In the coming days and weeks, there is going to be a great deal of debate — in public discussions and in private conversations — regarding whether people like me are or are not contributing to the demise of the Jewish people by virtue of our existence.
I was recently ordained as a rabbi. My spouse is not Jewish. The truth of these sentences is not up for debate. Whether or not it should be possible for both sentences to be true — that a person like me, in an interfaith relationship, could be enshrined as a Jewish “exemplar” in any respect — well, that’s been a huge debate for many decades.
It’s a debate that has been constructed largely around population studies like the Pew Research Center’s “Jewish Americans in 2020,” released earlier this month. The results of these studies have been mobilized by opponents and defenders of interfaith marriages, by individuals, and by local and national institutions.
The data on interfaith marriages have been channeled into institutional policies and practices and the ways in which Jews construct families. Questions surround whether interfaith relationships are a problem to be combated or a fact of 21st-century life to be embraced.
Part of me hopes that this will not be the case in response to the latest Pew study. My bigger hope is that we actually will build on these past conversations. Not because they were healthy conversations, but specifically because they were not. They have done serious damage to individual people, to communities and to American Judaism writ large. We have real reparative work to do in the wake of that damage. It would be irresponsible if we didn’t publicly shift the terms of those debates and acknowledge the following:
1. A failure to name the ways in which these post-study debates have treated women primarily as reproductive vessels for the sake of Jewish continuity.
2. A failure to confront how reproductive discourse has entrenched norms that marginalize many non-heterosexual families.
3. A failure to disrupt the pattern whereby these studies have serially undercounted Jews of color, contributing to the erasure and marginalization of BIPOC Jews.
If we are going to shift those terms, it is essential that those who have been marginalized by the frameworks of past debates be granted a voice.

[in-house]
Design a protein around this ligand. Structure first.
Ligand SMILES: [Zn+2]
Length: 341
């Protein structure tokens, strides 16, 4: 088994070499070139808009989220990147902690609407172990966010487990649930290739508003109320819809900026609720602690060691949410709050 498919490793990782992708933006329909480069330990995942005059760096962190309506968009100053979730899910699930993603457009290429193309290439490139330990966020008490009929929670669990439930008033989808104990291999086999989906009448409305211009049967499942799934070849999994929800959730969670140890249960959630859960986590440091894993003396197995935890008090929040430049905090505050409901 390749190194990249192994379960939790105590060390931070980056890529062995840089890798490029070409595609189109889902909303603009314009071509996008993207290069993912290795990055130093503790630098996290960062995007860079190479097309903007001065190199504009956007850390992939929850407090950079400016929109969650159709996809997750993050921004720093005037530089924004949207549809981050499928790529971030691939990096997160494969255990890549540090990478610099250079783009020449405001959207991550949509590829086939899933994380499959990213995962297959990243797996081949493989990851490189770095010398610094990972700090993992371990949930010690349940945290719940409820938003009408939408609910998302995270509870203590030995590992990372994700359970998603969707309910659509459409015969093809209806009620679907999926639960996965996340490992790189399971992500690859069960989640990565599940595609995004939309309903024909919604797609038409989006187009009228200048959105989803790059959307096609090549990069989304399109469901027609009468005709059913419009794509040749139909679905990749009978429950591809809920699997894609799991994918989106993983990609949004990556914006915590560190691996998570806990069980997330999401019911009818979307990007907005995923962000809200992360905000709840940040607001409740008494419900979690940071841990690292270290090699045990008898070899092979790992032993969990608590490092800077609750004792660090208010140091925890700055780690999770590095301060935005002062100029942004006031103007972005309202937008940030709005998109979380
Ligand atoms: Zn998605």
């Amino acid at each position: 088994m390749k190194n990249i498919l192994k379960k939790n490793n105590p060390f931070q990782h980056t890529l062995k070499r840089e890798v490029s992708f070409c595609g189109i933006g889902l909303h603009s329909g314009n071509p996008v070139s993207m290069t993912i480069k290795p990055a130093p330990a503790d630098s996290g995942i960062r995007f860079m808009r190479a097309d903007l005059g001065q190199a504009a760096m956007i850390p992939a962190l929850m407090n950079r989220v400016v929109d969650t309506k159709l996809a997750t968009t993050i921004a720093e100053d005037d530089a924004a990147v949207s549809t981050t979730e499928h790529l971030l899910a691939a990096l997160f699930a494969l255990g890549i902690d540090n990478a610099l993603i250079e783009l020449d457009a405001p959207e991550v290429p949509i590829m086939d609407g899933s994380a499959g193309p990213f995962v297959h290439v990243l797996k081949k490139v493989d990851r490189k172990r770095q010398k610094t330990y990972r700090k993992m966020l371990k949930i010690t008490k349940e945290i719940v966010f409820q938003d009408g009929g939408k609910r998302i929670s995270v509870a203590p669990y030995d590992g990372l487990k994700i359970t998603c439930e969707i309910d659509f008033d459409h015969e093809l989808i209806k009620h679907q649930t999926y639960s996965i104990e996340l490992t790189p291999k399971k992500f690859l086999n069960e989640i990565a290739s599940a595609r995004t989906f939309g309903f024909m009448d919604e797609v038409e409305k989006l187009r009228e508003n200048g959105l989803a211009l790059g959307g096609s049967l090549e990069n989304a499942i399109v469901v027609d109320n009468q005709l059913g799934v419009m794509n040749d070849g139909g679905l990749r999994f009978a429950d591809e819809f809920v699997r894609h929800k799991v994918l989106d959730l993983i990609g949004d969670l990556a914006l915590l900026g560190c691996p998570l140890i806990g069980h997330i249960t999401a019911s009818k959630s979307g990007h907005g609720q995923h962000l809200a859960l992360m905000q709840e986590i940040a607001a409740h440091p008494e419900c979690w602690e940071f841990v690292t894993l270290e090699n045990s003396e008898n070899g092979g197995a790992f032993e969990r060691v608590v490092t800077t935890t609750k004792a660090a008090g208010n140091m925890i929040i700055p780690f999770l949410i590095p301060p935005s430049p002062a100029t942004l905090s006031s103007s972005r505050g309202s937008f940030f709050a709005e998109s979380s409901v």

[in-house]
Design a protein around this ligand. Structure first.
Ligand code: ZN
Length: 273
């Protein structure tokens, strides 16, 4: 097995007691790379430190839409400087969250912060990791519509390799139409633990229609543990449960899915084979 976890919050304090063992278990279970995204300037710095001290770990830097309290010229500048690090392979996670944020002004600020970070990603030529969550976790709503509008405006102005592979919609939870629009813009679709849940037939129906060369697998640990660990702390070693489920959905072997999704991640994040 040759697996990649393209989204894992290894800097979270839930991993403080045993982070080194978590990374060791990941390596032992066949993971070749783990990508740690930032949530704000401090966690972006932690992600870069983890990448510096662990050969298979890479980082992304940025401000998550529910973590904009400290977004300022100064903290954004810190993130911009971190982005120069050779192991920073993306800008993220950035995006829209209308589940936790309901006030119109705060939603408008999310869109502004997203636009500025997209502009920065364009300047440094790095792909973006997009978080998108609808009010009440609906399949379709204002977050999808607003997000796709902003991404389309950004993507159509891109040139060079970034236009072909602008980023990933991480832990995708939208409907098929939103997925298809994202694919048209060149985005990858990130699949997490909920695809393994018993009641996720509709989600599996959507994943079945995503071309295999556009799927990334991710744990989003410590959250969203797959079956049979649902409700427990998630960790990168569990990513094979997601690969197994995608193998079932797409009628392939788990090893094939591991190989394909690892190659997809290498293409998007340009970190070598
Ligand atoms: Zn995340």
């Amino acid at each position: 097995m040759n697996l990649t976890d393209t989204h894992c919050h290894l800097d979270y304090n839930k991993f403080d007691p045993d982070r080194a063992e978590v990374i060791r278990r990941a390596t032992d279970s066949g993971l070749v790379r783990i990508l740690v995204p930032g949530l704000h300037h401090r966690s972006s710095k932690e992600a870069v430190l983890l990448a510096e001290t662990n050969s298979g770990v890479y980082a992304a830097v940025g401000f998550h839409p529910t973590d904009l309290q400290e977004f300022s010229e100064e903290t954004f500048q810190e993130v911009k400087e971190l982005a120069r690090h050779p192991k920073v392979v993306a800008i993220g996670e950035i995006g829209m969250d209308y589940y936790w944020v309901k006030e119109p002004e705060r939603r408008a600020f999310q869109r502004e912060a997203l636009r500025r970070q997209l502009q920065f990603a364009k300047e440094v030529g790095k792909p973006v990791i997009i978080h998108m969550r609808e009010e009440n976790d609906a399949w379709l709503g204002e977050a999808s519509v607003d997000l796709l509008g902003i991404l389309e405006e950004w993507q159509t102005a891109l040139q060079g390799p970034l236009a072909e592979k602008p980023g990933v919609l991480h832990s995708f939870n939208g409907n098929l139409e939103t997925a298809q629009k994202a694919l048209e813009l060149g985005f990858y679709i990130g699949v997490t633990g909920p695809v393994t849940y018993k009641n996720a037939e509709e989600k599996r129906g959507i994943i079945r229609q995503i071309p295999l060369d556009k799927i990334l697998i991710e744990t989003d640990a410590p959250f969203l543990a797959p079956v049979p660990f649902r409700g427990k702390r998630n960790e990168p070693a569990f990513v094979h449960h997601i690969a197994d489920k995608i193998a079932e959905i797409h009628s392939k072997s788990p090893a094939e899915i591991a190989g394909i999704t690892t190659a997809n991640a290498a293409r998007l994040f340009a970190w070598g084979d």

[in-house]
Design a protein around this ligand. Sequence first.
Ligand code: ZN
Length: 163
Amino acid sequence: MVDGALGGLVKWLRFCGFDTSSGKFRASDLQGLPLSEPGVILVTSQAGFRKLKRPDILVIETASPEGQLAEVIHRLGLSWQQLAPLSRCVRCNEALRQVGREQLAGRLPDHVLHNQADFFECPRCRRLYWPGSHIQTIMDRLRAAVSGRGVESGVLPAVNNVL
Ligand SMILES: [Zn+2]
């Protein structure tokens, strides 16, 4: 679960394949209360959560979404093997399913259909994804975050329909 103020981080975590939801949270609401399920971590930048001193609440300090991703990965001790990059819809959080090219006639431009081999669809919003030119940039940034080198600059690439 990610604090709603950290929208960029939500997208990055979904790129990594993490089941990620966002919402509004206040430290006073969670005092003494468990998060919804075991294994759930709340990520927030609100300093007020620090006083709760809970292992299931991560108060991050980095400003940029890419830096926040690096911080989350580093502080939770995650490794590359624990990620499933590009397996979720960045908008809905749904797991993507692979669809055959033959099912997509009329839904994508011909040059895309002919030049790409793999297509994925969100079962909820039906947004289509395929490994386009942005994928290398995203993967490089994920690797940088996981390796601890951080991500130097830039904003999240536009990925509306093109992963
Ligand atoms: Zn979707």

I have taken in myriad conference panels about intermarried Jews in which a panelist argues that families like mine “grant Hitler a posthumous victory.” That we are as big a problem for Judaism as is antisemitic violence. That we should primarily be understood not as contributors to the vibrant ecosystem that is Jewish life, but as a threat to that ecosystem’s existence, despite abundant evidence that we are not.
I cannot unilaterally dictate that such words not be spoken again. They will be. I can ask that in any such conversation, steps be taken so that our voices are included.
Invite Jews who can describe the joy, the heimishness, the kedushah (holiness), of their own Jewish-and-interfaith households. Invite prayer leaders, educators, board members, activists, artists, grandparents and musicians whose commitment to, transmission of and love for Judaism ties directly to the fact that they get to share Judaism with loved ones who are not themselves Jewish.
But invite other voices connected to ours. We need the voices of those who grew up in interfaith families — even if they are not themselves in such relationships today. We need the voices of scholars, rabbis and activists who — whether or not they have a personal tie to this issue — feel compelled to work with, and listen to, those who do. Voices who are ready to shine a light on the ways that interfaith marriage not only “doesn’t destroy” the Jewish future, and/or “isn’t a problem,” but is, on the contrary, an absolutely indispensable piece of what makes Judaism so beautiful. Voices who have no desire for interfaith relationships to disappear because their disappearance — not their existence — would actually signify the destruction of many significant, meaningful forms of contemporary Jewish practice.
In the coming weeks, months and years, many people are going to be considering what this new study means and what it doesn’t mean. They’re going to be asking how we might channel it into action, and the extent to which we even should. How we have these conversations matters, and who is deemed part of the “we” in the conversations matters, too.
The collective “we” of Judaism in 2021 includes millions of Jews in interfaith relationships. This time around, it’s time for a shift in how this millions-strong group is treated in Jewish discourse. How we are treated. I look forward to our group being seen as equal contributors to the conversation — no longer as mere objects of the analysis.